By Steve “Stef” Stefanides
When William “Ryan” Owens/Senior Chief Petty Officer and a Special Warfare Operative with the Navy’s elite SEAL Teams was lost in action in Yemen on January 29, 2017, interest spiked in what actions had taken place during the operation and in the SEALs in general.
A group of motorcyclists from Marco Island decided it was time to make a day trip over to Ft. Pierce, Florida to visit the Navy SEAL Museum. Chuck Glogouski, Rob Taylor, Larry Gordon, Carmen Dasti and myself left Marco early on March 8th and rode the 180 miles to visit the museum in honor of both UDT and SEAL members.
The museum is built on the land originally utilized in 1943 as the U.S. Naval Amphibious Training Base. (USNATB) The base was utilized to train individuals in a number of special operations. Its purpose was to coordinate service responsibilities relating to the breaching of beach and underwater obstacles incident to amphibious landings. Both Navy and Army troops were trained to prepare for the invasions which would bring victory to Allied Forces.
Eventually, a select group of underwater demolition teams would grow out of the effort, and the term “frogmen,” was coined to describe them. It would be President Kennedy who envisioned an elite special fighting team that could be inserted into situations with specialized training and tactics, which would become known as SEAL teams.
The original base would close in 1946 after World War II, and it wouldn’t be until 1981, when a small reunion was held by some of the surviving members of those UDTs, that the idea of a facility to honor those early UDT members and SEAL teams would become something that started gaining momentum.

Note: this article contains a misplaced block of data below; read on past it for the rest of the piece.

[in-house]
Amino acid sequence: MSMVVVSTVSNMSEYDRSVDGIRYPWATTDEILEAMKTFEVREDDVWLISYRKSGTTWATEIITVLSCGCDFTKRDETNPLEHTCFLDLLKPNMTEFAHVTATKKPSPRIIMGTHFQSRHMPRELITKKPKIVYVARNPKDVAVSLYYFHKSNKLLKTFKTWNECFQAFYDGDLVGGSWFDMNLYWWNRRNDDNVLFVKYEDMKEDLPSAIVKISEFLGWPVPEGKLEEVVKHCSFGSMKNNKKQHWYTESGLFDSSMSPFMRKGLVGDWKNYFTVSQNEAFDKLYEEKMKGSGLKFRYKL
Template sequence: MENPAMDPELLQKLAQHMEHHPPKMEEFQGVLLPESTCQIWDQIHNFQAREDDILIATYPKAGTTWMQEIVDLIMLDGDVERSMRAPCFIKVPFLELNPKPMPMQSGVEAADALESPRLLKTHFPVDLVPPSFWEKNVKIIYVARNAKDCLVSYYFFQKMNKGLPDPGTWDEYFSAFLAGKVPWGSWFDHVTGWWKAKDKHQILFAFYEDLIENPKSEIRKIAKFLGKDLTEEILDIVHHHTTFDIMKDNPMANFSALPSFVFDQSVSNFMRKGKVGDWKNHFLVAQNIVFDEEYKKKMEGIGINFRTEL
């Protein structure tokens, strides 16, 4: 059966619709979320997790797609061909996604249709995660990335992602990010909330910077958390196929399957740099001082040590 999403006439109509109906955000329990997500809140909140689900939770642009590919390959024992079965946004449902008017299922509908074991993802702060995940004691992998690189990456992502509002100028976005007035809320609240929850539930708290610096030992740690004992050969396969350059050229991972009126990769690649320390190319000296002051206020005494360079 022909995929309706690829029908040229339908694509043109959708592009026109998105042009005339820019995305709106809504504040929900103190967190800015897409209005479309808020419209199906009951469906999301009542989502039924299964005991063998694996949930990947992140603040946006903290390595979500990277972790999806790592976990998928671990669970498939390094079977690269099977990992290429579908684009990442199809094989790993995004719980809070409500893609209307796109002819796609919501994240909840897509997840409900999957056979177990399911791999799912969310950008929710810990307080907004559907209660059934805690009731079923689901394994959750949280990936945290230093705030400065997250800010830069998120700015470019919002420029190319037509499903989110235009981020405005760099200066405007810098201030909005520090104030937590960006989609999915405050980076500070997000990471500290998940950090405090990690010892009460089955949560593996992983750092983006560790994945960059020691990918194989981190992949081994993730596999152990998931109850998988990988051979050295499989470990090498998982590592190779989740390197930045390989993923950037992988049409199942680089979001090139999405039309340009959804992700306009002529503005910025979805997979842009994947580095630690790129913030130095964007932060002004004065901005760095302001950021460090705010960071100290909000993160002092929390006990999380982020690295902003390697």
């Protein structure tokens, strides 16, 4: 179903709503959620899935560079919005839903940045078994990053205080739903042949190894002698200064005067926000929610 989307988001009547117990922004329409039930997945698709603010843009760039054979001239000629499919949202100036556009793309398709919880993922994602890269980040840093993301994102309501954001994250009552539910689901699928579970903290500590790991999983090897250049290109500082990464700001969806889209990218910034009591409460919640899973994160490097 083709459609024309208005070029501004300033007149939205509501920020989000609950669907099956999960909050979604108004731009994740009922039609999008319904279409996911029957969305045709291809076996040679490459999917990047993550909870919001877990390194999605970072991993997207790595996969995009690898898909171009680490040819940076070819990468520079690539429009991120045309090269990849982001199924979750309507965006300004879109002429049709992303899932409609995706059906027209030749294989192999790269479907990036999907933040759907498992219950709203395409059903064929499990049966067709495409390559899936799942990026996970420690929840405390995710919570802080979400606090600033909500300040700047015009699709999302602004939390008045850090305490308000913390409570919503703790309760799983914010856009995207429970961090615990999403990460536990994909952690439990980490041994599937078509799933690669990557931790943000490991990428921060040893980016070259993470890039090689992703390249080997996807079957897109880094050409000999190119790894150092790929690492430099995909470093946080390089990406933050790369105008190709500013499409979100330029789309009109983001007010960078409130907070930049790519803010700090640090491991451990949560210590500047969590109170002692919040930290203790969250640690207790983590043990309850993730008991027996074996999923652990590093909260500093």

It would be on Veterans Day, 1985 that the museum and the dream of that facility would be realized when dedication ceremonies were held.
“I don’t think you realize the extent of the history of both the UDTs and the SEAL teams until you walk through this facility,” said Rob Taylor when we visited.
The museum’s tribute to these warriors can be found on the grounds, outside the building where the history of the early frogmen and the SEAL Teams are on display. The names of all who have died are etched on a granite wall. Both SEALS and UDT Members are honored on that wall under the heading of the conflict they served in.
“This was more than worth the four-hour ride over here,” said Larry Gordon, who has had two sons serve in the U.S. Marines during the Middle East conflicts. “It’s very moving,” said Gordon.
The four hour ride back across the state was without incident, but gave each rider an opportunity to reflect on the meaning of the day and the true cost of freedom and the sacrifice recently given by William “Ryan” Owens; Another true American hero who served his country with bravery and distinction, like those others that have their names etched on that imposing black granite wall that honors them and their sacrifices.